O'Reilly logo

Information-Driven Business: How to Manage Data and Information for Maximum Advantage by Robert Hillard

Stay ahead with the world's most comprehensive technology and business learning platform.

With Safari, you learn the way you learn best. Get unlimited access to videos, live online training, learning paths, books, tutorials, and more.

Start Free Trial

No credit card required

Chapter 9. Complexity, Chaos, and System Dynamics

In the late nineteenth century, mankind was enormously confident in its mastery of the physical world. Engineers were reshaping society and physicists were confident they were masters of their universe. Only a few small niggles remained. For instance, no matter how carefully the orbit of Mercury was plotted, it never quite matched the equations, and there was also the strange behavior of light, which seemed to act like both a wave and a particle—but everyone was confident consistent explanations were close. Newtonian physics was king and no challenge was even contemplated.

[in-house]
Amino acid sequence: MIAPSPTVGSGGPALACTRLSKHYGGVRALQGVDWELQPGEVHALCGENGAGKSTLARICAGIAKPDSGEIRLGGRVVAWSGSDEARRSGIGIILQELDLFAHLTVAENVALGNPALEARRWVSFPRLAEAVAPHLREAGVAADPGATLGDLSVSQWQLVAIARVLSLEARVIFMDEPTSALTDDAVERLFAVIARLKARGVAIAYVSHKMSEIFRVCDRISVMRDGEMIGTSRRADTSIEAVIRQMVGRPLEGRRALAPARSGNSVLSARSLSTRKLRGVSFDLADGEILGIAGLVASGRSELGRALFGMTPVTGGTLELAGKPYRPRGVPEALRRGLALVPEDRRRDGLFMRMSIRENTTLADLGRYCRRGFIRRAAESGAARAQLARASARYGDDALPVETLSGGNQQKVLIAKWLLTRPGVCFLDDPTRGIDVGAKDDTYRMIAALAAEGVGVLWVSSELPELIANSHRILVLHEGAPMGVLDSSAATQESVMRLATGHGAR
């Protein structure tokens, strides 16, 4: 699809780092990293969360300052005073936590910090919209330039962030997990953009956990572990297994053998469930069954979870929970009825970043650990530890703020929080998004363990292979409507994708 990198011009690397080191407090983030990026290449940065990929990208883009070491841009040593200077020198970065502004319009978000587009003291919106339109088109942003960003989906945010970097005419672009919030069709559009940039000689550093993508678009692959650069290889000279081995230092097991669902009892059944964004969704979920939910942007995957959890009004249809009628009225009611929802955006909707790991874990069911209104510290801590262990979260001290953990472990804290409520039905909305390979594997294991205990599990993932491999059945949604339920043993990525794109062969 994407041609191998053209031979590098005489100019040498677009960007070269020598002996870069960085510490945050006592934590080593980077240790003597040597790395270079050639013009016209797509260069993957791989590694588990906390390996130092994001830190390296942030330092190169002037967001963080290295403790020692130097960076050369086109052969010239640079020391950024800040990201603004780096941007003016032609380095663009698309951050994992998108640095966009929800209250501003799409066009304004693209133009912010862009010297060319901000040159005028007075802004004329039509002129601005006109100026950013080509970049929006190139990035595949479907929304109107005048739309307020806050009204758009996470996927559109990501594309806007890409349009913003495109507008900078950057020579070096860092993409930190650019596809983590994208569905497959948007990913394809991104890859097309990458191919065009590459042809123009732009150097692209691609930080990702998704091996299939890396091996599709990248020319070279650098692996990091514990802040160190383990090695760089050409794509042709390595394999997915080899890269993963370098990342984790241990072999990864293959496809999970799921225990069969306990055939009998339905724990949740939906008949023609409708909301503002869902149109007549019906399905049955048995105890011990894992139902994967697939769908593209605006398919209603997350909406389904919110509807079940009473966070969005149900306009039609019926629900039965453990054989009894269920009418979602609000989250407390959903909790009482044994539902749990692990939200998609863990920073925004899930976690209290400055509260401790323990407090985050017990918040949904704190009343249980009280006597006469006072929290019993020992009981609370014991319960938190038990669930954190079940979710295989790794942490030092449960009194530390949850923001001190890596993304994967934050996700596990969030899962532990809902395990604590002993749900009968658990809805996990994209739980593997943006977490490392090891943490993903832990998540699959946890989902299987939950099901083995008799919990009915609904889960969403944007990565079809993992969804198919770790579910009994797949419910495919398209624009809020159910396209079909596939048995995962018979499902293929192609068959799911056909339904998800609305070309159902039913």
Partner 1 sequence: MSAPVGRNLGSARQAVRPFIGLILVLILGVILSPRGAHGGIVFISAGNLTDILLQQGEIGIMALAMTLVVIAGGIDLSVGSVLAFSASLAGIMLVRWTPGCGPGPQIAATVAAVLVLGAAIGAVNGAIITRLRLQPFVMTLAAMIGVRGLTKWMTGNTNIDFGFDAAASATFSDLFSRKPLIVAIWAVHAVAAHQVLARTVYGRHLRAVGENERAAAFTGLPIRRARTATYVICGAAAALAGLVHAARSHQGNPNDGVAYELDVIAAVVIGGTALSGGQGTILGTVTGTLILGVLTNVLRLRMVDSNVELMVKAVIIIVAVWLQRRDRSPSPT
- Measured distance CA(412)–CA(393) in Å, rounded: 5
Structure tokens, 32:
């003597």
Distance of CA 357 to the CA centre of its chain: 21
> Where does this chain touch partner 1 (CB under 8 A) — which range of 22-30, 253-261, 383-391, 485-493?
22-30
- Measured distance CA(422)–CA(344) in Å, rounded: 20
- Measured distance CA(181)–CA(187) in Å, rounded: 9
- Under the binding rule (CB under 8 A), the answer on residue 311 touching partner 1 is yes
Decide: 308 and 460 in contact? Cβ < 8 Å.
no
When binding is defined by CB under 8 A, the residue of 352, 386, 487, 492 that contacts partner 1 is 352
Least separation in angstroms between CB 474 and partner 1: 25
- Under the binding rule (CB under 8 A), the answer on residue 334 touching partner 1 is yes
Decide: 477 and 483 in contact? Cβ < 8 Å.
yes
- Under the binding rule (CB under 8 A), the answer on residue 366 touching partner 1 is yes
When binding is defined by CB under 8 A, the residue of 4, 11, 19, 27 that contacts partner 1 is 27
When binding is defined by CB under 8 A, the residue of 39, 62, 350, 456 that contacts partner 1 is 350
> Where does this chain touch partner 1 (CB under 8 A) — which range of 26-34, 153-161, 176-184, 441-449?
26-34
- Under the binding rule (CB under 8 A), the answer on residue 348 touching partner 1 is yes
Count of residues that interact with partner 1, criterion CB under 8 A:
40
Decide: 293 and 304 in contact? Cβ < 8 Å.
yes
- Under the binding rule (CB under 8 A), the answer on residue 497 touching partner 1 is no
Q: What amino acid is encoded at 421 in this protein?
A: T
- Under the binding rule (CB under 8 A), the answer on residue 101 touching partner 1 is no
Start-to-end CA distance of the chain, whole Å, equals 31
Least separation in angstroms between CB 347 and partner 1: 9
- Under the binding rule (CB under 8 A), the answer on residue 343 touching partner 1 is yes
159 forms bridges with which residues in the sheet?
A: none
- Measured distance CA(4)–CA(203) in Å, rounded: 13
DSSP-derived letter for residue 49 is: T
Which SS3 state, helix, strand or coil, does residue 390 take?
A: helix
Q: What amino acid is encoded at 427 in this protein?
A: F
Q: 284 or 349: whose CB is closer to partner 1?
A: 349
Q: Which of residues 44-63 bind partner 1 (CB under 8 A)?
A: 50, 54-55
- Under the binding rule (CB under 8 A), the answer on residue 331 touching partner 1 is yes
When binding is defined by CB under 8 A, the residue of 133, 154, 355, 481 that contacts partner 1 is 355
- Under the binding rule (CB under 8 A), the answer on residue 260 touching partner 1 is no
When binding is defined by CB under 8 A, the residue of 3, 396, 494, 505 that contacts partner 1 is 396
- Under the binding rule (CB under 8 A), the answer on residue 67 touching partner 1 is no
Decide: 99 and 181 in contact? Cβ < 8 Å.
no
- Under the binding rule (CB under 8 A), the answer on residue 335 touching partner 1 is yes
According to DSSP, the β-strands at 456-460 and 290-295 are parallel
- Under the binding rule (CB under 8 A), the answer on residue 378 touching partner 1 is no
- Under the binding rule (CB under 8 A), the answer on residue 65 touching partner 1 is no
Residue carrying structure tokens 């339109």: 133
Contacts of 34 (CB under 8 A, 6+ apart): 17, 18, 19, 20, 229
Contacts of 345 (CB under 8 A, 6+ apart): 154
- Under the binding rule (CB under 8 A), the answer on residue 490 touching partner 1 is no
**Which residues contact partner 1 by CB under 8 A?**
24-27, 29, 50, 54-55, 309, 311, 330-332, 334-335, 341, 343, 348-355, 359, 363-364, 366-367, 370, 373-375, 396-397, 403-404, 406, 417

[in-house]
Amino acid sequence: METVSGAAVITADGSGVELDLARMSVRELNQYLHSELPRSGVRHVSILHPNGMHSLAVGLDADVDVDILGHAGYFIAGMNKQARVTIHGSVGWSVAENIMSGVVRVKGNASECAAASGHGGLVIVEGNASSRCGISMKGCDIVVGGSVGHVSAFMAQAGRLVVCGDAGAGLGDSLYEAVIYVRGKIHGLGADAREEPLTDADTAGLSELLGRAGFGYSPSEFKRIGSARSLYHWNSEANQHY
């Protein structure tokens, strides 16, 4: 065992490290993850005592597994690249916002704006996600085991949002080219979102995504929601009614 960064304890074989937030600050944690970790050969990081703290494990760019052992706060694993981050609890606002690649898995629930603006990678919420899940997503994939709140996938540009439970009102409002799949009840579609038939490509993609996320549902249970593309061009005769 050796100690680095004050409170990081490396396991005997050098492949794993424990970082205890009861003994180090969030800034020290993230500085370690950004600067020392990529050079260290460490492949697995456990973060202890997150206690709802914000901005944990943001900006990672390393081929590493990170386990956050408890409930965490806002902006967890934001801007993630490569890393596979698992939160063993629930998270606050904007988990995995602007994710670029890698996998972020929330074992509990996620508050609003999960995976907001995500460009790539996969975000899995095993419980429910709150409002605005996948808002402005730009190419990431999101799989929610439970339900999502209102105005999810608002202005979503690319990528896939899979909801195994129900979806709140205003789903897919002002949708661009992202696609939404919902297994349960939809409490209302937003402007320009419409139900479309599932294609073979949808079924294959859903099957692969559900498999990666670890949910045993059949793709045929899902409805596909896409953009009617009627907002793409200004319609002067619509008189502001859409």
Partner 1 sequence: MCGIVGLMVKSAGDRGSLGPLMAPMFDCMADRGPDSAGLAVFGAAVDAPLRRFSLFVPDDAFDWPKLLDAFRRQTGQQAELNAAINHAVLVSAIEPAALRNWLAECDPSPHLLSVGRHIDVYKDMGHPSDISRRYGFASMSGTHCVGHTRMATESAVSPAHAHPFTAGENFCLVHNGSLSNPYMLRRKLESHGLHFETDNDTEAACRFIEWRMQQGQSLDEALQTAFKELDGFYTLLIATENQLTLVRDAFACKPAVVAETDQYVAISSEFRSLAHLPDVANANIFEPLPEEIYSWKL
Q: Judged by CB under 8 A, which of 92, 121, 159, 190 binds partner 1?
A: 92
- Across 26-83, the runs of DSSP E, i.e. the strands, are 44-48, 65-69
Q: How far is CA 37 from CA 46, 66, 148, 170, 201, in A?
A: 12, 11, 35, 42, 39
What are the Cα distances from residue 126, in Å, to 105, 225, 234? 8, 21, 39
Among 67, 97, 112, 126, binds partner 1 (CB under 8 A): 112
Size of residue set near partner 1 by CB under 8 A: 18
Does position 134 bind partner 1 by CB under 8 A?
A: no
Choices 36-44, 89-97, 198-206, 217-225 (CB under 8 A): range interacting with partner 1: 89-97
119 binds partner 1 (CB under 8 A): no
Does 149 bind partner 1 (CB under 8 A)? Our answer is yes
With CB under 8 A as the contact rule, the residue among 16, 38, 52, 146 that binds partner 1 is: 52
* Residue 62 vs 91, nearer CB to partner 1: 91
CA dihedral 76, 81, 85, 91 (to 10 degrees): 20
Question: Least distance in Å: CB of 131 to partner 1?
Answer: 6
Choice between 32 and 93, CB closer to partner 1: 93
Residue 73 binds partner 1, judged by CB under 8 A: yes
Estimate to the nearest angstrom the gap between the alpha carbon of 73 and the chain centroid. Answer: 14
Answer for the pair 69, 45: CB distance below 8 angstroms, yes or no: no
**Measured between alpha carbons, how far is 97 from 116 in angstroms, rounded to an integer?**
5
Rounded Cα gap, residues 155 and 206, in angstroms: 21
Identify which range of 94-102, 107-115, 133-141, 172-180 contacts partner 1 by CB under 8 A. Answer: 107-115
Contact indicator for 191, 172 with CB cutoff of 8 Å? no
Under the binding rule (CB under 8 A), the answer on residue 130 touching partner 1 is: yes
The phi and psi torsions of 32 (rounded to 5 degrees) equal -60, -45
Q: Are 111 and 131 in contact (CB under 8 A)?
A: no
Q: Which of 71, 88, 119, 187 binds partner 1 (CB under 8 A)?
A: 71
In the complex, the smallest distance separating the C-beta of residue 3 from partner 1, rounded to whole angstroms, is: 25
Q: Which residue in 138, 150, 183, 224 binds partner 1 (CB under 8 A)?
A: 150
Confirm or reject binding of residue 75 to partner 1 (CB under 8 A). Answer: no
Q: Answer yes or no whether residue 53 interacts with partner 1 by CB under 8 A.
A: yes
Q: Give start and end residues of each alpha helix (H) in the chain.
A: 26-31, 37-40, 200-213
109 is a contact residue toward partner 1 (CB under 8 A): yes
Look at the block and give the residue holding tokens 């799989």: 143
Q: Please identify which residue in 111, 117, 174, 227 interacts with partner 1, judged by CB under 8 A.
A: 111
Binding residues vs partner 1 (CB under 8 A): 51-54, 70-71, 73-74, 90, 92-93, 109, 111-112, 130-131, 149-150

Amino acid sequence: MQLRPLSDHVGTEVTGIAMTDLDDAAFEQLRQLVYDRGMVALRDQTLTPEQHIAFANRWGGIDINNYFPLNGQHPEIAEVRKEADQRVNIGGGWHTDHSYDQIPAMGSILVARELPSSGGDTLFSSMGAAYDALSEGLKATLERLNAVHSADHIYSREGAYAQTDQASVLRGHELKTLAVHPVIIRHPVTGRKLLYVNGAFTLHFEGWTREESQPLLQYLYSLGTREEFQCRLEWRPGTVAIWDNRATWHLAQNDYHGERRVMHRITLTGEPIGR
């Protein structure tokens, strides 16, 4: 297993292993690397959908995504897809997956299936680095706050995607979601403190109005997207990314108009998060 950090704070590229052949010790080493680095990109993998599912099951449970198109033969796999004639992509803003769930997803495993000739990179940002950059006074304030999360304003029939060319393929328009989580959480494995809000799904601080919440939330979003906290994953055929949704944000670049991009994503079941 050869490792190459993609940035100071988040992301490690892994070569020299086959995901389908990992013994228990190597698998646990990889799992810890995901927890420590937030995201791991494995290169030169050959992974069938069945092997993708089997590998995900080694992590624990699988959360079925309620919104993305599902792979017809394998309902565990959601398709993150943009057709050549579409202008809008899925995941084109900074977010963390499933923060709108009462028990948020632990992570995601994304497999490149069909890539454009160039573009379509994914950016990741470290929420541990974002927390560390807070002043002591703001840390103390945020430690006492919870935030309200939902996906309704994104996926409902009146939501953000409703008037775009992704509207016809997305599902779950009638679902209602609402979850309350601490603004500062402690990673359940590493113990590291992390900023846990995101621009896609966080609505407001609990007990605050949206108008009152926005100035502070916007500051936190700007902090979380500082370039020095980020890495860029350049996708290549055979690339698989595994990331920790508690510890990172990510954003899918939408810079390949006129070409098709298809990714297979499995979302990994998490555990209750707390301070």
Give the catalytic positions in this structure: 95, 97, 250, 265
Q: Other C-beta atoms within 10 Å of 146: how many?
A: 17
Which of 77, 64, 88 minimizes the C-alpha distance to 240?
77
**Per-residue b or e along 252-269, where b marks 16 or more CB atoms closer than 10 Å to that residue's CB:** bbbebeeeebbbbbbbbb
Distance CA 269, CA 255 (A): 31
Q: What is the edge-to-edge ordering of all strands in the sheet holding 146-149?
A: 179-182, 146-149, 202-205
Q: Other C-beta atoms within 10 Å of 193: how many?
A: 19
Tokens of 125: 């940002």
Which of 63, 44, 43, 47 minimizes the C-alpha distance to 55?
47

Then, at the dawn of the twentieth century, an upstart patents clerk knocked over the first domino with the special theory of relativity, and the rest is history. (By the way, Einstein's slightly later general theory of relativity explains the minor inconsistency in the orbit of Mercury through the curvature of space-time.) We now know that Newtonian physics gives a very good description of the world that we deal in every day at the scale of millimeters through to kilometers but that it breaks down when we deal with the very small in particular (and, to a lesser extent, the very large).

Einstein's major contribution was the concept that the one constant of the universe is the speed of light and all else is measured relative to that. In fact, although it is usually described in terms of the speed of light, the foundation of the relativity is in fact a limit on the ...

With Safari, you learn the way you learn best. Get unlimited access to videos, live online training, learning paths, books, interactive tutorials, and more.

Start Free Trial

No credit card required